Here's a second experiment. What happens if I want to send something with a payload that's greater than 9000 bytes, but the receiving party cannot accept this number? For example with Raspberry Pis, the maximum allowable MTU is 1500.

Now the router will be smart enough to break it up into smaller packets and send it to the receiving party. The split up packets will be marked so that it can be re-assembled into it's original packets.

Like so, I am trying to send a payload of 9001 bytes to a machine with a MTU of 9000. If I have the "do not fragment" bit set, this original 9001 bytes cannot be split up and must be sent as is, or be rejected. But if I don't have this bit set, the payload can be split into 2. In Microsoft Windows, the "do not fragment" flag is -f. So with this on, trying to send 9001 bytes will fail, and succeed if off. Exactly as designed when I'm using Untangle as the router:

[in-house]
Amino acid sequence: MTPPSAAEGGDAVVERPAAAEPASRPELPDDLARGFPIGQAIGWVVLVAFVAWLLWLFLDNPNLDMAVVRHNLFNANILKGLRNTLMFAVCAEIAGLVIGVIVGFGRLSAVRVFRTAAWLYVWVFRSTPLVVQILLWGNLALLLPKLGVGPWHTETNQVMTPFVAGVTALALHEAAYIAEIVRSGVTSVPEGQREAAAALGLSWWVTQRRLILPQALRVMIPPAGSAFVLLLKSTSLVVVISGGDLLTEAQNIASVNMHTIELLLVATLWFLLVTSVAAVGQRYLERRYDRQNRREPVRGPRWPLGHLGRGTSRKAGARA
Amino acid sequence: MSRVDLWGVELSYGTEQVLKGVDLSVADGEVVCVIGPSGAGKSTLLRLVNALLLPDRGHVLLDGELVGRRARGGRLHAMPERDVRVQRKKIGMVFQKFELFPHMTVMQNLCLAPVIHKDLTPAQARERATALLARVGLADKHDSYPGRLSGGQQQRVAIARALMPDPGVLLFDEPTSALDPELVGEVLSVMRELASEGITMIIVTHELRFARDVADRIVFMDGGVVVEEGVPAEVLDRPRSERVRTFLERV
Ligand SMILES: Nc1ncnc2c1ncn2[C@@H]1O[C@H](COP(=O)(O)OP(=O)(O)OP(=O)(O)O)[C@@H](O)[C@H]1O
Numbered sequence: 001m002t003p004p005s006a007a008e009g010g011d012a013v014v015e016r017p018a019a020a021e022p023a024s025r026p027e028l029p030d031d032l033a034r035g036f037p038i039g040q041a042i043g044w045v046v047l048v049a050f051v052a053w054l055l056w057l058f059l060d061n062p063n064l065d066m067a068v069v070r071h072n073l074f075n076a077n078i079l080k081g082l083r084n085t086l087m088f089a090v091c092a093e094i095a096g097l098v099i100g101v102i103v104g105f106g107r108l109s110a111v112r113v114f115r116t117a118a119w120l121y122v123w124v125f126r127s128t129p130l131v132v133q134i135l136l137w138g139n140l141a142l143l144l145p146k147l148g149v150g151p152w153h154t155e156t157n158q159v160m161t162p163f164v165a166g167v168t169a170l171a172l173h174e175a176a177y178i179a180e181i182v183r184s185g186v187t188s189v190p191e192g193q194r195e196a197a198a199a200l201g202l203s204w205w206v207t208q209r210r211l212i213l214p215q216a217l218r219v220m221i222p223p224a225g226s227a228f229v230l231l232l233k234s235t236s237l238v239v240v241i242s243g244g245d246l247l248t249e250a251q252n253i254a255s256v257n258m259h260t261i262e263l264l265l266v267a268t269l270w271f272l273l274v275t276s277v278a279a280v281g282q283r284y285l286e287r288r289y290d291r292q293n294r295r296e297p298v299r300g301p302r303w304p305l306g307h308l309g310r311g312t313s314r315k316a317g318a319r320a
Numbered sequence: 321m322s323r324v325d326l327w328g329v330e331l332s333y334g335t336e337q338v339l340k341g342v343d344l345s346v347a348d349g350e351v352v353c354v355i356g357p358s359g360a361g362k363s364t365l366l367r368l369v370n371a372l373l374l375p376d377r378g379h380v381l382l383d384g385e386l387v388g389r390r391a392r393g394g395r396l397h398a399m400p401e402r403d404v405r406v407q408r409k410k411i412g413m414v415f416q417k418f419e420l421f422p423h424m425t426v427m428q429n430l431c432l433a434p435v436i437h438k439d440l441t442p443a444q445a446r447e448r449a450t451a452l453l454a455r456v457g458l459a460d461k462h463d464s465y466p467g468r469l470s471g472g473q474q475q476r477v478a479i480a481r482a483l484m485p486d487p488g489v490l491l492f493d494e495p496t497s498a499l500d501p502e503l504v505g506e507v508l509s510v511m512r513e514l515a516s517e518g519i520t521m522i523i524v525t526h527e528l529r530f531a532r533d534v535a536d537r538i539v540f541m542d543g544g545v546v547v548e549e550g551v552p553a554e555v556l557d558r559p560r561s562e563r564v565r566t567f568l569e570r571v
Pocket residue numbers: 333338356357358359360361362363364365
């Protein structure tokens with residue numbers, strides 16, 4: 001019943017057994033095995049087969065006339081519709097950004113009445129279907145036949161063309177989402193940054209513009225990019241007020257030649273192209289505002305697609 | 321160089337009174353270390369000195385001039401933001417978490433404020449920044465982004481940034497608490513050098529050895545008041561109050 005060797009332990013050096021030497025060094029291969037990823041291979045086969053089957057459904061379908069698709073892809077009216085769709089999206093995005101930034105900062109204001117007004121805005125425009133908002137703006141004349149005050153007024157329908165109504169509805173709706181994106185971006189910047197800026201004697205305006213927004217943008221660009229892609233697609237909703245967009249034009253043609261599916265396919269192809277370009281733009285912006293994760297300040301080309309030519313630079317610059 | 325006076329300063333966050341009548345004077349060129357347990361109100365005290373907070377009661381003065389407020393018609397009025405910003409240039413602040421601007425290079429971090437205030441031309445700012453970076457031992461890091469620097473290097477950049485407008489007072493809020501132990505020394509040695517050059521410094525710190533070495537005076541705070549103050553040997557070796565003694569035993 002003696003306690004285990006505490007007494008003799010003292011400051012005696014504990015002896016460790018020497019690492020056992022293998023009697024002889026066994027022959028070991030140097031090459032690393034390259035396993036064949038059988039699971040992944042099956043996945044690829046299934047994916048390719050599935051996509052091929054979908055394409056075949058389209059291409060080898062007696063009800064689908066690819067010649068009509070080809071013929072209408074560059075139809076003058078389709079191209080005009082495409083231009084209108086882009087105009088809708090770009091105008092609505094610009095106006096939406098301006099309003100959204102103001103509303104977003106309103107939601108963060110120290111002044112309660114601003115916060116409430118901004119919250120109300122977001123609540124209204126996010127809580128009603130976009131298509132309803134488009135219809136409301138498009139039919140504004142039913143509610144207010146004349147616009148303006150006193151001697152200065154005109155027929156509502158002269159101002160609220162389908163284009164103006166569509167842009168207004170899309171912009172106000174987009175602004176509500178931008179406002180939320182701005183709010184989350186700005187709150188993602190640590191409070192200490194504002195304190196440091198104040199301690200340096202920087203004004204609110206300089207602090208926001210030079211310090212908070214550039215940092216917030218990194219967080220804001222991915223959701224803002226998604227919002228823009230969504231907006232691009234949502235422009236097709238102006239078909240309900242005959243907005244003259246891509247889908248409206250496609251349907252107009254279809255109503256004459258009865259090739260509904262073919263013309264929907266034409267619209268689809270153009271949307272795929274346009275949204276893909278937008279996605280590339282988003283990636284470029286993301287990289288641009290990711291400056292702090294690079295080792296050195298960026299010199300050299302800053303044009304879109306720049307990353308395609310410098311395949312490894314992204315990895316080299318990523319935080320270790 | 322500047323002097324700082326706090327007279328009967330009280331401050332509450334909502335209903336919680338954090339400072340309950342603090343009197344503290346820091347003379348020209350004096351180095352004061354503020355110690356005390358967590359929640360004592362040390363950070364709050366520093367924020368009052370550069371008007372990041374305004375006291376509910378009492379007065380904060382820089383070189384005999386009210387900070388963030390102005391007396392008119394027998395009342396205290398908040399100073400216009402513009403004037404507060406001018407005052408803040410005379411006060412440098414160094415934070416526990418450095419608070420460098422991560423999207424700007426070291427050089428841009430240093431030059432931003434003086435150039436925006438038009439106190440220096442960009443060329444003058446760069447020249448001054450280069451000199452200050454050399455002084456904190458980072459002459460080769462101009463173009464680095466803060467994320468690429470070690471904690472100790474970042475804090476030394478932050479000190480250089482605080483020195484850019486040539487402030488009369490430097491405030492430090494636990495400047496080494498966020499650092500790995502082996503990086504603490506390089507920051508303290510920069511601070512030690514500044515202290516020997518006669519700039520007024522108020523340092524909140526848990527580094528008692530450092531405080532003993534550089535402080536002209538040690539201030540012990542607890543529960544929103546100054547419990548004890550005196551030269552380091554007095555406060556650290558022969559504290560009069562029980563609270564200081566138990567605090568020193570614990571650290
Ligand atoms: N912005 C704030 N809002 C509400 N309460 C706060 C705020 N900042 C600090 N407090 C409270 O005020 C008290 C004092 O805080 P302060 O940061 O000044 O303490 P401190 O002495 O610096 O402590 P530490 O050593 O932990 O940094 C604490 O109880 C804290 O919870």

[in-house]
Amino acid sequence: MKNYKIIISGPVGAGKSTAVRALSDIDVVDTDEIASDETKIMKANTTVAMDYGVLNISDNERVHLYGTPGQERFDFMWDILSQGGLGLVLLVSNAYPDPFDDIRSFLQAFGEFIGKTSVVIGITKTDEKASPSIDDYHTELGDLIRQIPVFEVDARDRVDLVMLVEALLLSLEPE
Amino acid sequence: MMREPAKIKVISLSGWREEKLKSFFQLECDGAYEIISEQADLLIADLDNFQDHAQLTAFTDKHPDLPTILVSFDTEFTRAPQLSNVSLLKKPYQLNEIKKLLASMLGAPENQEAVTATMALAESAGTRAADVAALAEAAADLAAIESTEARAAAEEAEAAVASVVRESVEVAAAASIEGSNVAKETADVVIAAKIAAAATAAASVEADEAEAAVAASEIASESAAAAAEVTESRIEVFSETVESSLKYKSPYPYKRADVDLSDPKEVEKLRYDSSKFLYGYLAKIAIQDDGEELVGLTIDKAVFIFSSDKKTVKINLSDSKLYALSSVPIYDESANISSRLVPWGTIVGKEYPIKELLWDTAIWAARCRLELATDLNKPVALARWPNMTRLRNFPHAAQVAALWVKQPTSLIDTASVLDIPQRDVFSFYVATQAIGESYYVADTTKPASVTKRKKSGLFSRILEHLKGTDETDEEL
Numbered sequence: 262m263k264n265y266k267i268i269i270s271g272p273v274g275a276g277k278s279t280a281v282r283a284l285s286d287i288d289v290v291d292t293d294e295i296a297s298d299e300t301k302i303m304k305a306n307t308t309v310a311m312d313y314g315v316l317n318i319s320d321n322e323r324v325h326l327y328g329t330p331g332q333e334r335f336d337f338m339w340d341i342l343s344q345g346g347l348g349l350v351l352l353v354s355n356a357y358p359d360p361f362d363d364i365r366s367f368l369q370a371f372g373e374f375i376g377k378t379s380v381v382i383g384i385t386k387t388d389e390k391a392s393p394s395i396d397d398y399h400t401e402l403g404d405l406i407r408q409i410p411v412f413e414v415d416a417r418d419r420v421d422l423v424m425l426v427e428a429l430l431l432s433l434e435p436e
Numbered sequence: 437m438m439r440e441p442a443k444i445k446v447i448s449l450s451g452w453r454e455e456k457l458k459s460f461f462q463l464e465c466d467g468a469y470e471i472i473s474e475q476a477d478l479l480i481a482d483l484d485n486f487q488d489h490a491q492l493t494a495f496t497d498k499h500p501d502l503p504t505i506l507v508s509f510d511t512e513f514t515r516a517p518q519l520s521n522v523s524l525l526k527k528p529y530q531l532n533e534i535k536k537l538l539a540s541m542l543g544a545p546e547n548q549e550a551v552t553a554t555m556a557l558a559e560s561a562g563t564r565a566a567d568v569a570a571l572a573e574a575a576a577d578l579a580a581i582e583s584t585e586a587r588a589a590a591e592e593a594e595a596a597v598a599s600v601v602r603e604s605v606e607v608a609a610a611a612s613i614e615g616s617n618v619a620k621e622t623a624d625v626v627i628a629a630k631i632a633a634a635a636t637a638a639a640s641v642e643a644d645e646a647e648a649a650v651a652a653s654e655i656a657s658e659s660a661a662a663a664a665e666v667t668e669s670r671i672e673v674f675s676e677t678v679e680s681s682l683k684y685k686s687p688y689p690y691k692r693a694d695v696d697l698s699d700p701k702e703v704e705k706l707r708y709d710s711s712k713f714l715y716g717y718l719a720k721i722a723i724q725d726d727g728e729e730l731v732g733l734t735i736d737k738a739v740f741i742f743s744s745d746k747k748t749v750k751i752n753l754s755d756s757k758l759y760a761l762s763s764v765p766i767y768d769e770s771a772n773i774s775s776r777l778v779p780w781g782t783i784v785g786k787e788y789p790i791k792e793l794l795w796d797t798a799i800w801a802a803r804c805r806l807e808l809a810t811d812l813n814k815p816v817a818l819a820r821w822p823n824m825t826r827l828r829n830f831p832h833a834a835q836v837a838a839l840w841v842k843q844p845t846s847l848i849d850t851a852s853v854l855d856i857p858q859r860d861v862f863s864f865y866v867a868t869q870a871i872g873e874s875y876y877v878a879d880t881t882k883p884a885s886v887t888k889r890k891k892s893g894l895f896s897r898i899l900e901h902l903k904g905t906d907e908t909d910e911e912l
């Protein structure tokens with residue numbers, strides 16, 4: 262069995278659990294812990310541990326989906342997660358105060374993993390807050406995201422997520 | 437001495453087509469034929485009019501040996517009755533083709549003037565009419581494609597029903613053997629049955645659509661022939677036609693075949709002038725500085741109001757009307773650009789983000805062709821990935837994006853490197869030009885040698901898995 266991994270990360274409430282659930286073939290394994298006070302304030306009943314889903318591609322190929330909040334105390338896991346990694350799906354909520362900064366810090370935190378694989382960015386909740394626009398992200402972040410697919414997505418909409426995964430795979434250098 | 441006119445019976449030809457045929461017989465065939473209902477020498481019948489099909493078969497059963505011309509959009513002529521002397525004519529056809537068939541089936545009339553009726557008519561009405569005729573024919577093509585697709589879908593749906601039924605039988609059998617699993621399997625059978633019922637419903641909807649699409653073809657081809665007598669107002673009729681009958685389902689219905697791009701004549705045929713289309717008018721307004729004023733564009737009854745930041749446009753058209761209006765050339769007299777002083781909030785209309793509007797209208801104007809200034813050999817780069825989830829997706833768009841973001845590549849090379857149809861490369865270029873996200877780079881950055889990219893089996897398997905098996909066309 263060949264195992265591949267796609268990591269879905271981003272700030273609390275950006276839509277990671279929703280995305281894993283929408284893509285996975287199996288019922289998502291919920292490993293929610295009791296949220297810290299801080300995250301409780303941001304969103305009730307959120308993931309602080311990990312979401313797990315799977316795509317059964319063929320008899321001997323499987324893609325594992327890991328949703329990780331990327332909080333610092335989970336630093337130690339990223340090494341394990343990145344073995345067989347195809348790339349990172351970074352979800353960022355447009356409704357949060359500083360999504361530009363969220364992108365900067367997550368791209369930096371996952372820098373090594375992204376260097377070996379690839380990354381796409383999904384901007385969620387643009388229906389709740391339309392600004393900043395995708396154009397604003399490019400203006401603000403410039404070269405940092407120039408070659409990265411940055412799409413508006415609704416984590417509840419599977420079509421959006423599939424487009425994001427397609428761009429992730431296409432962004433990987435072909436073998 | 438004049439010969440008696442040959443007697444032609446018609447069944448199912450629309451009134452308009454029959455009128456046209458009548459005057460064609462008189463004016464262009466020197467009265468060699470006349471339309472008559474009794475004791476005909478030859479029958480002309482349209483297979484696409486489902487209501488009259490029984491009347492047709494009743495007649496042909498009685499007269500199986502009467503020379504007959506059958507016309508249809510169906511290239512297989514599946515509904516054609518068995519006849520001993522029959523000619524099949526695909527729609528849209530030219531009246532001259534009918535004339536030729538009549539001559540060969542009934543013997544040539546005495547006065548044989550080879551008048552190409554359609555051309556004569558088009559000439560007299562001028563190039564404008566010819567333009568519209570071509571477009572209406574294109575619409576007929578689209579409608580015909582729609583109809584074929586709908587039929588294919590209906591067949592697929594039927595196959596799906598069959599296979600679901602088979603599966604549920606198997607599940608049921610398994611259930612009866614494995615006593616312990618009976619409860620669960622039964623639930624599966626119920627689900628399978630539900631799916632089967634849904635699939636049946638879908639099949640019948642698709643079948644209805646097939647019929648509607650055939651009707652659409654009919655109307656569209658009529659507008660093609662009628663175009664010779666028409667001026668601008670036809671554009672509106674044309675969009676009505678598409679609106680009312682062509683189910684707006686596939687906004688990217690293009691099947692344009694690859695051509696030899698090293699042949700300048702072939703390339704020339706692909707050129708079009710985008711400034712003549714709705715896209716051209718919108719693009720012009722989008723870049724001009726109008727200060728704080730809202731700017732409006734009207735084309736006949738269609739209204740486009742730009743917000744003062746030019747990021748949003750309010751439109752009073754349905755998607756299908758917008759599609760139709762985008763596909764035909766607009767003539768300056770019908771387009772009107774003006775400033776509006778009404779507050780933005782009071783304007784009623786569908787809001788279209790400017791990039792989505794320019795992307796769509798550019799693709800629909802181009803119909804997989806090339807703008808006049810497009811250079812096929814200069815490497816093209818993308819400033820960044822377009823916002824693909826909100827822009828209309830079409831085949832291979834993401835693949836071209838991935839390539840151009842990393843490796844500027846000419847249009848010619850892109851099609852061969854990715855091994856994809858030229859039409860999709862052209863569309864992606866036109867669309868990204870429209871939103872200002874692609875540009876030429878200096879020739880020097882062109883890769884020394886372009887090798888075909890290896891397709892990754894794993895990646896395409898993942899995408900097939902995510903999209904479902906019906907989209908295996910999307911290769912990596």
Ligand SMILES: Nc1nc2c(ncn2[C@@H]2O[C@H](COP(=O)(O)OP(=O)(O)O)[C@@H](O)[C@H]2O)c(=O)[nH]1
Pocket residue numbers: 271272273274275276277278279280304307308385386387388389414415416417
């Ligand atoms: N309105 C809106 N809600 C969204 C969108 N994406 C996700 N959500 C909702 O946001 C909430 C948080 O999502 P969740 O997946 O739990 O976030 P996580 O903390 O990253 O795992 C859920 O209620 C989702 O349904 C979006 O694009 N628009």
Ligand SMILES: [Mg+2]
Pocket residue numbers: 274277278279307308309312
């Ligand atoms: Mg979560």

[Image: Jumbo-Routing-Fragment.png]

Frustratingly, I ran the same experiments before in pfSense, and it worked! Now this behaviour is intermittent and I have ny idea why. One thing that bugs me most is the use of "double negatives" in pfSense configuration. Turning something on (tick in a checkbox) means I'm actually turning something off!

There are features in pfSense that I will miss (HAProxy and ACME). But thanks to the generous support by you guys, I now have a Ryzen server with more grunt and RAM. I can now now create a new virtual machine to run HAProxy and ACME. In fact, I can even run the Untangle firewall as a virtual machine, keeping things even simpler!

I don't expect a lot of people to push their music setup to this extent. But if you are interested, remember to stay tune to the blogs to find out how I do it.. It'll also serve as a written record for me to refer back when things are broken again.
Snakeoil Operating System - Music, your way!